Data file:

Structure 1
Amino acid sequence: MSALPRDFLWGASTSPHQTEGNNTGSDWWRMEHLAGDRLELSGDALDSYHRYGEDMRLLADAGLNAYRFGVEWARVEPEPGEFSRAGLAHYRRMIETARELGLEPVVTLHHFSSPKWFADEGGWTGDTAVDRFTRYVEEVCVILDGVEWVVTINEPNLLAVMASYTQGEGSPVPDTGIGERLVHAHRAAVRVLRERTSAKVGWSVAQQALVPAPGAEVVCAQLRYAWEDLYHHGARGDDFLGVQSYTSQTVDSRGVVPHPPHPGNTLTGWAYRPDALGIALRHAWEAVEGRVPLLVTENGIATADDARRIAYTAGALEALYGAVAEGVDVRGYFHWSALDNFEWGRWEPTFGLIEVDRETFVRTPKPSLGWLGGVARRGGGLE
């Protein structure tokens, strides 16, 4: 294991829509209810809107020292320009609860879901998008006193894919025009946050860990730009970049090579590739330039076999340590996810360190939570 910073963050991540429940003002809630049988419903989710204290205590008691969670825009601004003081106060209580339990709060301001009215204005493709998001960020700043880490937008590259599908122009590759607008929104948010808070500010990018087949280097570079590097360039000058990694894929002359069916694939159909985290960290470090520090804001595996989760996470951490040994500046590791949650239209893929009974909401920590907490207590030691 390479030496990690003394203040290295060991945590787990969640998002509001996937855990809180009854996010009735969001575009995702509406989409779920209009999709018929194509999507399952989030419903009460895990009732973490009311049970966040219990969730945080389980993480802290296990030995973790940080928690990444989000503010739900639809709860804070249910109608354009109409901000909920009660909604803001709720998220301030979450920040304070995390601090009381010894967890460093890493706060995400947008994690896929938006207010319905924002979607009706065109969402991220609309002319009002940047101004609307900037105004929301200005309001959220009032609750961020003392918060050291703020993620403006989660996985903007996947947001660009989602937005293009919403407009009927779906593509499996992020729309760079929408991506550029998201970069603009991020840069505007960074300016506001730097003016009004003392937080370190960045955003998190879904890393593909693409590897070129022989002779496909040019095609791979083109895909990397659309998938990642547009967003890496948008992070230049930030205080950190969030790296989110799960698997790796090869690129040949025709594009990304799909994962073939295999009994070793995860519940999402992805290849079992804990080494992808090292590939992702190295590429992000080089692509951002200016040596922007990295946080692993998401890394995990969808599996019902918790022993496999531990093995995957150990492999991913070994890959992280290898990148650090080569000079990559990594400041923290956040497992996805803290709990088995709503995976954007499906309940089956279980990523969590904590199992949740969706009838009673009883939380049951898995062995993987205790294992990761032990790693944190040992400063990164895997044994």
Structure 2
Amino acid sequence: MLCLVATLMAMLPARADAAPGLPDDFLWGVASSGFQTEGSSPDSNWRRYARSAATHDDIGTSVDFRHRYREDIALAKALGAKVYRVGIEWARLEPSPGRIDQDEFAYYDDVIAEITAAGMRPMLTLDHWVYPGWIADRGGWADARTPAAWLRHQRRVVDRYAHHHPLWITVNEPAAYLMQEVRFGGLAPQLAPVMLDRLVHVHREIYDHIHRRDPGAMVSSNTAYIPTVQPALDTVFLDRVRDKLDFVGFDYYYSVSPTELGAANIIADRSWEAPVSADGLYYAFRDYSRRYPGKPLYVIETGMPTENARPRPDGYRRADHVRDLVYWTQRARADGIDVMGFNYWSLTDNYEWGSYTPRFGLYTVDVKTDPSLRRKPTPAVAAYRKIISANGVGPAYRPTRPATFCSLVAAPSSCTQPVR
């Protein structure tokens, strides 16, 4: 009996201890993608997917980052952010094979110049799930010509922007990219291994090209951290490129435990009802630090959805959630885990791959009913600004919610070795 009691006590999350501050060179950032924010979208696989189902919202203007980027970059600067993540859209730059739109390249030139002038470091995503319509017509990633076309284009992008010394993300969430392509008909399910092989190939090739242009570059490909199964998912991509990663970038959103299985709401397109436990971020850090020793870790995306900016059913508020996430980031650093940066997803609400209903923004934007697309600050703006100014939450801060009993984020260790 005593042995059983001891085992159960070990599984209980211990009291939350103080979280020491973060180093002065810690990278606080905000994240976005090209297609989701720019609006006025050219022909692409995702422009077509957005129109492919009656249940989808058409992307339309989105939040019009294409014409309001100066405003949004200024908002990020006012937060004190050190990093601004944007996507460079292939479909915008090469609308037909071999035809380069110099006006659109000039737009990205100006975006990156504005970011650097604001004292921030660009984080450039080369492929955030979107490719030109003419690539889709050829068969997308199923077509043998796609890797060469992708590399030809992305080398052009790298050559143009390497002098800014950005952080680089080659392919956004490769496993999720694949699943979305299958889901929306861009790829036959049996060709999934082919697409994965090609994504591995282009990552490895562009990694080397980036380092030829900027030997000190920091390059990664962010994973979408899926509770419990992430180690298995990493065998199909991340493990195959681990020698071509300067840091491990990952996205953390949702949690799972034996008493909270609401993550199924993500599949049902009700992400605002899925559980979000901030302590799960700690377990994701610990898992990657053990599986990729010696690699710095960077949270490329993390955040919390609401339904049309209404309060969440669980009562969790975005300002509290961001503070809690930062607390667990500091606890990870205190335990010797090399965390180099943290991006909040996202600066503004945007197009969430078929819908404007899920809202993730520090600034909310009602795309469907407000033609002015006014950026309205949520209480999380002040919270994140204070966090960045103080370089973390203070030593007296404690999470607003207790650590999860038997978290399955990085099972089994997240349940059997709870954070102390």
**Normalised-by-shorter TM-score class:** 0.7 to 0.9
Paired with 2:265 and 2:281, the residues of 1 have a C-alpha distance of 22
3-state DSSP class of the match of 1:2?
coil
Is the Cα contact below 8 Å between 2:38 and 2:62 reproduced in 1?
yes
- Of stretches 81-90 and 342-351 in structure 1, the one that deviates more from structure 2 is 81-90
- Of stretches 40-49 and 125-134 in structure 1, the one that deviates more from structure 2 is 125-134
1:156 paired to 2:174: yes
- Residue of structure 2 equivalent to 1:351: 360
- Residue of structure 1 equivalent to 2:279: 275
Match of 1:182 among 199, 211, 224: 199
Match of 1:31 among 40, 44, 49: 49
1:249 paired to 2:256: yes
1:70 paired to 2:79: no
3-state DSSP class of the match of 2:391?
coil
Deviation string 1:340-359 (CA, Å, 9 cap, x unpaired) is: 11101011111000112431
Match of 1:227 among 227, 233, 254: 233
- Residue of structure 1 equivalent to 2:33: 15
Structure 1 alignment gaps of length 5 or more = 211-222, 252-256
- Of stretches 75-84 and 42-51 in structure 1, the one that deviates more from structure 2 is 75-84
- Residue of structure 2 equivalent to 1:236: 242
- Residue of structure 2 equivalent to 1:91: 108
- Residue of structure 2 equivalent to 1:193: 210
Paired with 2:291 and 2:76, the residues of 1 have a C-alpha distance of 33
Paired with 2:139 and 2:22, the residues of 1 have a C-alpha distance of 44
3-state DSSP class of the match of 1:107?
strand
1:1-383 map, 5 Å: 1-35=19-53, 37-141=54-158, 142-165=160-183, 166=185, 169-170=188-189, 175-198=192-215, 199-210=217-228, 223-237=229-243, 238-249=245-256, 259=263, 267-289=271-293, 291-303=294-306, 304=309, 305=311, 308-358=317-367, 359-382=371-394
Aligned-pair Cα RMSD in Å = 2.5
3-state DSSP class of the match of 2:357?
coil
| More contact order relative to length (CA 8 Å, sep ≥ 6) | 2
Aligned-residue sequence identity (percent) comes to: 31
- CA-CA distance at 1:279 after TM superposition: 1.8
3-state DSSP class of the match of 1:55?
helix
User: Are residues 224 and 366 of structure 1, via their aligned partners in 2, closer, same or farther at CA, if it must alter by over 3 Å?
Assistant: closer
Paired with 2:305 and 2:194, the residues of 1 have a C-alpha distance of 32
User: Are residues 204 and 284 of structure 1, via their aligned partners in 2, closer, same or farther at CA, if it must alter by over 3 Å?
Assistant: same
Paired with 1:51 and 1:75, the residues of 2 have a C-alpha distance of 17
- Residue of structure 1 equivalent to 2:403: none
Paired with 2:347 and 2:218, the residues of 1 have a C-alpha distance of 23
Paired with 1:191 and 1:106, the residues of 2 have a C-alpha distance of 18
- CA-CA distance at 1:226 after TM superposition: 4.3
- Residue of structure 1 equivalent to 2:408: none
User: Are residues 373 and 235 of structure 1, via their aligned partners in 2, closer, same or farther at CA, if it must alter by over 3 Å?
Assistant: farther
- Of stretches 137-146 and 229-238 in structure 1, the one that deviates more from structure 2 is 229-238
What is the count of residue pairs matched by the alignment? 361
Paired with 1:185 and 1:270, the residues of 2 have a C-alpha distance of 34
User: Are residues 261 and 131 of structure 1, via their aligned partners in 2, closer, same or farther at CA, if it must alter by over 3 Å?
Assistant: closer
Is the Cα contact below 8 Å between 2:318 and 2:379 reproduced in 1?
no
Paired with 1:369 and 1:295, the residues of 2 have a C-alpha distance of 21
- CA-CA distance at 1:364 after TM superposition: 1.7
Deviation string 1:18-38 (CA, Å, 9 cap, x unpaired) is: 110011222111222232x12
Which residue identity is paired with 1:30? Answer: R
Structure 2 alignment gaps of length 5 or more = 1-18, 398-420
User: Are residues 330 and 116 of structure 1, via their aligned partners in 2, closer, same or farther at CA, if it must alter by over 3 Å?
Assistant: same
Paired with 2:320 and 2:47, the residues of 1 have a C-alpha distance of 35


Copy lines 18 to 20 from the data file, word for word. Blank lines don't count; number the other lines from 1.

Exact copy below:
Match of 1:182 among 199, 211, 224: 199
Match of 1:31 among 40, 44, 49: 49
1:249 paired to 2:256: yes